The Use of Exercise and Diet in the Remission of Type 2 Diabetes

JUNE 2014.    In a four-year-long study, overweight and obese diabetics placed on a calorie-restrictive diet along with nearly three hours of exercise per week fared much better than controls.  After one year, 11.5 percent of the program participants no longer needed medication to keep their blood sugar levels below the diabetes threshold. Only two percent of the non-intervention group experienced any significant improvement in their condition.

Obesity has now become a greater global health crisis than hunger. It is also the leading cause of disabilities around the world.  According to a national study there’s been a modest decline in obesity rates among 2- to 4-year-olds from poor families. While the cause for the drop is unclear, some of the potential contributors include a massive increase in breastfeeding over the past three decades, and reduced advertising of junk food to young children

Gregg,  EW, Chen H., Wagenknecht, LE, et al.  Association of intensive lifestyle intervention with remission of type 2 diabetes.  JAMA.  2012, 308(23): 2489-96.  

Eric’s Thoughts
In a discussion about this article from health guru Dr. Joseph Mercola, he states he’s been talking about the use of exercise and diabetes as a primary treatment for type 2 diabetes for 16 years.  Well – looking back into the health archieves here at Medical Health and Fitness – we’ve found one of the original articles from Prevention Magazine on the topic – Pills or Diet for Diabetics? In their December 1967 issue (vol. 19, no. 12, pg. 51).  In this article, Rodale discusses a couple of important point.  First – much of the credit back then to “new” oral agents Diabinese and Orinase had more to do with diet changes (restriction of calories and change in eating processed foods), than just the medication.  Second – the use of specific oral agents were suspect in certain side effects of taking the medication, such as skin disorders, jaundice, and intermittent hypoglycemia.   Over the past 40 years patients have been taking oral medications, and more so injectable insulin treatments, and this has done little to stem the course of their disease.  In fact – they have had hyperinsulinemia that affects their cardiovascular risk factors, as reported by Dr. Robert Stout in 1992 (Diabetes and Atherosclerosis, Kluwer Academic Publishers).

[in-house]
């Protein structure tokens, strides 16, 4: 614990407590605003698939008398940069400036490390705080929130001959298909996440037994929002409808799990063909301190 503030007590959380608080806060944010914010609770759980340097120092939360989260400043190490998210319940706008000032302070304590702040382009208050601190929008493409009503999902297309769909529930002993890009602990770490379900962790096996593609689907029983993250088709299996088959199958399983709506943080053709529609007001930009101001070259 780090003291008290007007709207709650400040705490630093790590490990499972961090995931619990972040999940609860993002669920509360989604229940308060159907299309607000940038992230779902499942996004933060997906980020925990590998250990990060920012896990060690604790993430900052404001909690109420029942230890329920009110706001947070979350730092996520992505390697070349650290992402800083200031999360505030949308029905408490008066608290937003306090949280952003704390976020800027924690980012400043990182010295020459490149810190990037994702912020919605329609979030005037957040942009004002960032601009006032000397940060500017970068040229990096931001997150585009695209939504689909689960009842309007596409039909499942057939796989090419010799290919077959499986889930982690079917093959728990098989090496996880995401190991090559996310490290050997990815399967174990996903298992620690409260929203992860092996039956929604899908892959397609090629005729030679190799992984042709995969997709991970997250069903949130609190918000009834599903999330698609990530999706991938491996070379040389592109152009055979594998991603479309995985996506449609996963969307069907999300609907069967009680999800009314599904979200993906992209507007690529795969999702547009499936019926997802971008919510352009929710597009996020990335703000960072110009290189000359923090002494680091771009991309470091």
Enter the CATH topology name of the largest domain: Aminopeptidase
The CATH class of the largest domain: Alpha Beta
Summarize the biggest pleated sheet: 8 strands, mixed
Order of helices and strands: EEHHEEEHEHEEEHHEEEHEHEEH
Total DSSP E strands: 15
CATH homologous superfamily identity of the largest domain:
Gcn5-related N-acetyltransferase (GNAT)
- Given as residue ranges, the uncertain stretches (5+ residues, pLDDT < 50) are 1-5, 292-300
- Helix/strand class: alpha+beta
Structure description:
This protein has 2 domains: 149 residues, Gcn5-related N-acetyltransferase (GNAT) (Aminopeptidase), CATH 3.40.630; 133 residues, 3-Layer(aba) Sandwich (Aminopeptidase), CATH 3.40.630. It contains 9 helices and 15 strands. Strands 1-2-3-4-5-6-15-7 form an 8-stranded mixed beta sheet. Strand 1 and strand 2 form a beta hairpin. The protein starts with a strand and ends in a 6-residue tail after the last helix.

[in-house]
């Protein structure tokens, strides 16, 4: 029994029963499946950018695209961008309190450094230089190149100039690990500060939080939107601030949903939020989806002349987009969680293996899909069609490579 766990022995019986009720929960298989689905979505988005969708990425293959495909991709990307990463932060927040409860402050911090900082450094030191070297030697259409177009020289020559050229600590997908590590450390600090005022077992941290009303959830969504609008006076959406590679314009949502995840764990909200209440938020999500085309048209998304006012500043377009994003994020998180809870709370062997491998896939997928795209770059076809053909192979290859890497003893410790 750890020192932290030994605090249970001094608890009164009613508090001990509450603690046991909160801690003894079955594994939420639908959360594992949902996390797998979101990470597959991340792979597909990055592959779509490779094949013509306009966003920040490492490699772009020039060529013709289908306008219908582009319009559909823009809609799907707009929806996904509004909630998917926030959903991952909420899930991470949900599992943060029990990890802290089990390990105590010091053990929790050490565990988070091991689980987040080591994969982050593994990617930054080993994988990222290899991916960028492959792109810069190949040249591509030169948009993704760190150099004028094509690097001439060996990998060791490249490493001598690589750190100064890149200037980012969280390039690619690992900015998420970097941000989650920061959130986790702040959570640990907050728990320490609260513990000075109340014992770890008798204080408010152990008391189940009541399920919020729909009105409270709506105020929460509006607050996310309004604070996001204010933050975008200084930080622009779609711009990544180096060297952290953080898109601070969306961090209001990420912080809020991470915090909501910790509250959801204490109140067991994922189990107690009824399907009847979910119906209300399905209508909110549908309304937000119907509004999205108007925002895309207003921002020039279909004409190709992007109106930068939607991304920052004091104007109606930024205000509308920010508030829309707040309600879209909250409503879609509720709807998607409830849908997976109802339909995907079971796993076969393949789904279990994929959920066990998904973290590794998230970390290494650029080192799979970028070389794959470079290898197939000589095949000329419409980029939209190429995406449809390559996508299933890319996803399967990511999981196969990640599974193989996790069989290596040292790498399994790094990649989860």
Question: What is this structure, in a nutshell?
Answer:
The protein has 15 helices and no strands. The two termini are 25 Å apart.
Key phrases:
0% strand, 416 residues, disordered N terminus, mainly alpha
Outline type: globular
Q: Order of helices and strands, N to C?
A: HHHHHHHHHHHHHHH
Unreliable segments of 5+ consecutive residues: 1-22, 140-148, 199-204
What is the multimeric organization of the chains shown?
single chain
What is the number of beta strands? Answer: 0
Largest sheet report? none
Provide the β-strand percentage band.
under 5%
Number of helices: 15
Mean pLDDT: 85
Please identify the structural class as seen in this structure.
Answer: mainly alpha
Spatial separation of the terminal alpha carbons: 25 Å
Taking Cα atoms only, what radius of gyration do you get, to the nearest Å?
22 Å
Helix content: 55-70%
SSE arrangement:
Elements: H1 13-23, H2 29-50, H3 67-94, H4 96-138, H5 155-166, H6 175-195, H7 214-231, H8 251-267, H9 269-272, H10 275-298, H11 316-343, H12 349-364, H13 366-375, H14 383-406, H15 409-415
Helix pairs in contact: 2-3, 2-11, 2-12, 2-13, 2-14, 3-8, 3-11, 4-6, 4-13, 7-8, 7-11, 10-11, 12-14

With the mountains of information for decades on the problems with traditional medical treatments for diabetes, it seems that the only sensible and long term therapy for total care is a daily exercise program and a specific diet that deals with glycemic control independent of drugs.  It may be that this latest research will give a much-needed push to the diabetes profession to include exercise (and reimburse for it) as part of a comprehensive diabetes control program.